An Ex-pat Monthly Experience of Moving to Gandia, Spain - Part 16

12th June 2023
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Spain on wheels!

Spain on wheels! .... 

So, since our last update, many things have changed in this household. When we came over to Spain, we brought our venerable boat with us, thinking that it would be great to be able to use it much more than we did in the UK, with much more sunshine available to enjoy; Cocktails on the sundeck and all that! What we hadn’t factored in, was just how long the Spanish coastline is. Even a trip over to the Balearics is a long eight-hour haul to the nearest point, and as we found out, sitting in the marina having lunch or cocktails is not really what it is all about. So, to cut a long story short (that makes a change – Ed), my lovely lady wife decided that we should sell the boat and invest in a motorhome, with which we would be able to see so much more of Spain and Europe as a whole, than we ever would with the boat. Hmmm! Her final shot across the bows was to remind me that although our beloved fur bag, Wolfie, (fur bag! Desist Sir! – Ed) came everywhere with us on the boat, he wasn’t really happy about it when the engines were running and it was swaying along, whereas he loved the car and road travel. “Ah well, if Wolfie would be happier.” It never ceases to amaze me how our beautiful better halves are able to hit the soft spot with enviable accuracy! There really should be a law that only females are allowed to be politicians. But that’s another story.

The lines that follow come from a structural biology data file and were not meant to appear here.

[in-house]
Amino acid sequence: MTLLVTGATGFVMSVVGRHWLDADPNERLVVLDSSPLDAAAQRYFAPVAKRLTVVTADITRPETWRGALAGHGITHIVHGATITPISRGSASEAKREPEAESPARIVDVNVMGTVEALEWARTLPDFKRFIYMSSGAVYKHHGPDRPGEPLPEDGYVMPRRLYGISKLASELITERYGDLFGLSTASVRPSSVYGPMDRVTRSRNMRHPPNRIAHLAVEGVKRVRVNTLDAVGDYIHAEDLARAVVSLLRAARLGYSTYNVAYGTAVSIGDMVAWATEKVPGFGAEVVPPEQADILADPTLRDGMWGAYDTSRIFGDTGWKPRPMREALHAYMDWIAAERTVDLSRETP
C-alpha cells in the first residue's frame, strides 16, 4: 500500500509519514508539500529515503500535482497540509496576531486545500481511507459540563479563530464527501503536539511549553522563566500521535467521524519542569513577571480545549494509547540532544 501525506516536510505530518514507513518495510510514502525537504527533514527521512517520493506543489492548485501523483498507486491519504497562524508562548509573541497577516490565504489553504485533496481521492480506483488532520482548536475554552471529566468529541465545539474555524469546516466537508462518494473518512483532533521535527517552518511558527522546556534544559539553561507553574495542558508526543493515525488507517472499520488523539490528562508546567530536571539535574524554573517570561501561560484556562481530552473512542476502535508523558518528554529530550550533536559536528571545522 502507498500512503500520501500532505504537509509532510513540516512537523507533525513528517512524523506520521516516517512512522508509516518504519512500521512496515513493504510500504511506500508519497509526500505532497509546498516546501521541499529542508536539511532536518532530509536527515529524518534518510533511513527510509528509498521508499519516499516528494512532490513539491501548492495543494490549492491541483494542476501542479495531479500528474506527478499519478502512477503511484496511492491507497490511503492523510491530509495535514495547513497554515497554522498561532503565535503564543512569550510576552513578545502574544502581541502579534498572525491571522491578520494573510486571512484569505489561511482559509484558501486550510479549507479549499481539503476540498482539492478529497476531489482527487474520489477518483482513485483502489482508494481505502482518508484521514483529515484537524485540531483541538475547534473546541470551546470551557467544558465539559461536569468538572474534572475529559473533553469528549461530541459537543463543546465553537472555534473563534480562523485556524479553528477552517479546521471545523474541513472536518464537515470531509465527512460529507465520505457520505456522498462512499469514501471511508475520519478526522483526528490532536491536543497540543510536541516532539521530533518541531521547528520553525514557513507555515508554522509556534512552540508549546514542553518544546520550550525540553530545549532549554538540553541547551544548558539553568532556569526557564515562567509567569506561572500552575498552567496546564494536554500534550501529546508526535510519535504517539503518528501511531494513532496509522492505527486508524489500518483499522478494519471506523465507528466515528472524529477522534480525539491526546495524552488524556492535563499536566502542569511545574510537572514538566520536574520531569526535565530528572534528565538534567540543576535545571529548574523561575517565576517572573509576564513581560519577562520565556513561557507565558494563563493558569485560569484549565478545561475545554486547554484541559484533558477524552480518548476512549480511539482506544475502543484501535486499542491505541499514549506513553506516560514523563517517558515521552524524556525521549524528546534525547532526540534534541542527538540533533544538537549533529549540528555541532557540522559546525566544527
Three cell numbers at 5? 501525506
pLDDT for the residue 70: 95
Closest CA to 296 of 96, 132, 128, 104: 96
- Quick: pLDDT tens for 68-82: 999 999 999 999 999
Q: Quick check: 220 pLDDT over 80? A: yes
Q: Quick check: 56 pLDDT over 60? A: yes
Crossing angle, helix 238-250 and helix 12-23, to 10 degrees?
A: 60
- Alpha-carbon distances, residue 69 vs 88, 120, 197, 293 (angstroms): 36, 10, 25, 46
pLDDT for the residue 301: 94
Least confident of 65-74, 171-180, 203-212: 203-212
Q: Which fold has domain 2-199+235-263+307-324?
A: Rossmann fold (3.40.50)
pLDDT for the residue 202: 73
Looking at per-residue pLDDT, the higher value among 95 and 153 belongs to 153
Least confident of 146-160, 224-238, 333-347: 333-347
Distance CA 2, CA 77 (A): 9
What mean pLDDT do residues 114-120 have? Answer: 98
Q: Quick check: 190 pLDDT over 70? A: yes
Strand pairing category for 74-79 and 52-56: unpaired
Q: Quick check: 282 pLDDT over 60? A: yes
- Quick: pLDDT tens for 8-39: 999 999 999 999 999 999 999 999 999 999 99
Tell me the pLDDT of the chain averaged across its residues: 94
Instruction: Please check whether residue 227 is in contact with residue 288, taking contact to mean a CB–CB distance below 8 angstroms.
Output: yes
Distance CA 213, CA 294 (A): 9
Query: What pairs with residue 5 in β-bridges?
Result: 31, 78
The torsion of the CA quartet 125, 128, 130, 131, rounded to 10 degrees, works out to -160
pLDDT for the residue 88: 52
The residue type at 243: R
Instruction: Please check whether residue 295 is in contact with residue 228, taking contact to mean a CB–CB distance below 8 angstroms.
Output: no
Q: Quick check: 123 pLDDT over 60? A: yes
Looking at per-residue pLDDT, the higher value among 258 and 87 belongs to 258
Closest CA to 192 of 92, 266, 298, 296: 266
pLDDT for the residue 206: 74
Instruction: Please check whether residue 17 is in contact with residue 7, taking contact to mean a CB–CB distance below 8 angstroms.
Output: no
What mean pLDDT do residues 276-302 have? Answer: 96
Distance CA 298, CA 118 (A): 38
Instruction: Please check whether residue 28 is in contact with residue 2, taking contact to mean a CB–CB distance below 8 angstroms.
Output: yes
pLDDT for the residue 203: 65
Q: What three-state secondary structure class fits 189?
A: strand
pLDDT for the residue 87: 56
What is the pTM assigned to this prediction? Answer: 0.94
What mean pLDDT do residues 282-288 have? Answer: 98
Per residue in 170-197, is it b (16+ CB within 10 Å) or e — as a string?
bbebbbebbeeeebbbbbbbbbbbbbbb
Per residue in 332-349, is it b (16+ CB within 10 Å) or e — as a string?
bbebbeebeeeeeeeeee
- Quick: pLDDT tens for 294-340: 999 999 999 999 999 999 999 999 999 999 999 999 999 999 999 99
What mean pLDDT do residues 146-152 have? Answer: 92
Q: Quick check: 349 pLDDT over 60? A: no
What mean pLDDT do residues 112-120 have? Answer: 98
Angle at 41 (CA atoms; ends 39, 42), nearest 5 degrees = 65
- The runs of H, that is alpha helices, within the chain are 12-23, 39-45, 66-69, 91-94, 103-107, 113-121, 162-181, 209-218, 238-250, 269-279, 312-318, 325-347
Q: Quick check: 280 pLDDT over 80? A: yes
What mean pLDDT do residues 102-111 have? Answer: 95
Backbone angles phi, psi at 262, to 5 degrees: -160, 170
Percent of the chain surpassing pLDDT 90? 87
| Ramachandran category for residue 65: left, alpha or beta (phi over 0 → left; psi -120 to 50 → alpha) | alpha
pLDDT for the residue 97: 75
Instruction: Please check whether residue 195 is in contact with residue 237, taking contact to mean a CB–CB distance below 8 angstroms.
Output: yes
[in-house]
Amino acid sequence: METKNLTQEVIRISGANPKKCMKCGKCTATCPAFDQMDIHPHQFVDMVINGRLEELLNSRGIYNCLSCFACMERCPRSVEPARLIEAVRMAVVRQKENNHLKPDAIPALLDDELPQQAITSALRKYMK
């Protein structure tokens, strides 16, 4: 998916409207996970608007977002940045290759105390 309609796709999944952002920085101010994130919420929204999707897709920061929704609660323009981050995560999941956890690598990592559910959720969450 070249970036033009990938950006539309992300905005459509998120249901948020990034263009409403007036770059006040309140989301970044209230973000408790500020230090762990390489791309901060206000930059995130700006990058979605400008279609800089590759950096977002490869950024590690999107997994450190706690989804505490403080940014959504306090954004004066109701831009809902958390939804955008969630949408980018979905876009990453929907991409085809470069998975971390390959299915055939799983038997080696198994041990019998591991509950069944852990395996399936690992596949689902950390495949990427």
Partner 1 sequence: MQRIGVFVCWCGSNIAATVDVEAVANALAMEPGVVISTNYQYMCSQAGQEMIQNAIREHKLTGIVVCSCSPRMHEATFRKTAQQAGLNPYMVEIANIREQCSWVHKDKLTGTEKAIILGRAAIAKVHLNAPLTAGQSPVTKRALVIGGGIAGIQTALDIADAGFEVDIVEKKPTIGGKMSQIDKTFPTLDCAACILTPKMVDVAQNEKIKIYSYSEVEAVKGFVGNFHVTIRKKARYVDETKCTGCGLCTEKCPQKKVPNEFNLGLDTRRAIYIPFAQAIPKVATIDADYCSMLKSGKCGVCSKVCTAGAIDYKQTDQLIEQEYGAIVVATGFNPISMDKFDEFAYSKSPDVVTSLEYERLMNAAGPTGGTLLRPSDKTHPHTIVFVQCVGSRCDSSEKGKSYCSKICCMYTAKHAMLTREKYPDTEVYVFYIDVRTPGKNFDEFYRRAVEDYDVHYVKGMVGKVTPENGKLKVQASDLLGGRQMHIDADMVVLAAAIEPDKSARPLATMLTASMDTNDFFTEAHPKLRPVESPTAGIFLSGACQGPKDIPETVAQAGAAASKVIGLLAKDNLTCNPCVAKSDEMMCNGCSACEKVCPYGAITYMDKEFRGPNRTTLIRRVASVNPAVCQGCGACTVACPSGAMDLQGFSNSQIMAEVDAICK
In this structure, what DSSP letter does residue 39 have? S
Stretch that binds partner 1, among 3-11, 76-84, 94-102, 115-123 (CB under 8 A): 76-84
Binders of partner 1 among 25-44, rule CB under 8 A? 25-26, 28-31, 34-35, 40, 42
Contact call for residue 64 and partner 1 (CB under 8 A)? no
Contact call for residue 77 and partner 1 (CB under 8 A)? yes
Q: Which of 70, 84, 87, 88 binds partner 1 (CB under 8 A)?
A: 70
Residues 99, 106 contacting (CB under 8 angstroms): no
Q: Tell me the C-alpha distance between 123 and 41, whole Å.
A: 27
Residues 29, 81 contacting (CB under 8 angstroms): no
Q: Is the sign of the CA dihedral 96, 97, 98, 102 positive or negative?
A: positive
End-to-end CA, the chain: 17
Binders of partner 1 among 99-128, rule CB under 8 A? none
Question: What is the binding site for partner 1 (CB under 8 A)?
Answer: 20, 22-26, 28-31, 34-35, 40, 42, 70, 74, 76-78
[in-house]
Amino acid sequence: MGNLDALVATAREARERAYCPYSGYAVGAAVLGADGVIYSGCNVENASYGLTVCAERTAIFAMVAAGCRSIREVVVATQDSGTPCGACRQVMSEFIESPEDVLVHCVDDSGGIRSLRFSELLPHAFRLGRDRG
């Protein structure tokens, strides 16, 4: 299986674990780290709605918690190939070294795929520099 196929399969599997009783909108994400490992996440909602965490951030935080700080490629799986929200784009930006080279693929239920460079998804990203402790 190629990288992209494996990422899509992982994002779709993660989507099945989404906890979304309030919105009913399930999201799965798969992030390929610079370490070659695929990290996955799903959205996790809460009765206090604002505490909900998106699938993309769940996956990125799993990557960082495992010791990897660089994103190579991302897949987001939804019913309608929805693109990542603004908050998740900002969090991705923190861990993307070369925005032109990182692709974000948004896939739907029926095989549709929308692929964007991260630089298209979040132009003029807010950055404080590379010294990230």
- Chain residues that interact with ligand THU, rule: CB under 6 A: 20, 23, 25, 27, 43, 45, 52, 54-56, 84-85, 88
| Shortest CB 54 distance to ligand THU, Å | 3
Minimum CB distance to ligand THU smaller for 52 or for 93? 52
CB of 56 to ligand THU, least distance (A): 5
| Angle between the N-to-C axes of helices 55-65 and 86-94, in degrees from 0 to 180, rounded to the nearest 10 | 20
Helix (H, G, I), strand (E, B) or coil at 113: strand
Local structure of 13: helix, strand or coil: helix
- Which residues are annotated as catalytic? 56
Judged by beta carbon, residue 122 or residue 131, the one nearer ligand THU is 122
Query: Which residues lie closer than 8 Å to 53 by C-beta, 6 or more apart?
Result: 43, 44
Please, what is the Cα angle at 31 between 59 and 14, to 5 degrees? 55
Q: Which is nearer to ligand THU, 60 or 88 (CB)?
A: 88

So, to cut to the chase (praise be! – Ed), just a few days ago we drove down to Granada, a good five-hour drive along the usual high standard of Spanish motorway. We arrived at the Autocaravanna dealer that we had been emailing, questioning about a handful of ‘secondo mano’ motorhomes that were in our price range and fitted our criteria. Having chosen one of them, a Burstner (vorsprung durch technic on a Renault drive train) arrived for the official technical walk through and handover procedure. You may recall how we have oft referred to the diabolical bureaucracy which envelopes anything official here in this wonderful country. But it would appear that some businesses, this being one of them, must have insider knowledge or a hold over someone in authority. In less than a week, all registration papers and matriculation had been completed and that included the importation of a previously French vehicle onto Spanish plates. It may have also had something to do with their vehicle’s administrator, a delightful lady with a look that could melt titanium, but I may be wrong. Whatever, we enjoyed our visit with everything made very easy and, in an hour and a half, we were on the road with our new “Wendy house on wheels,” Poop Poop!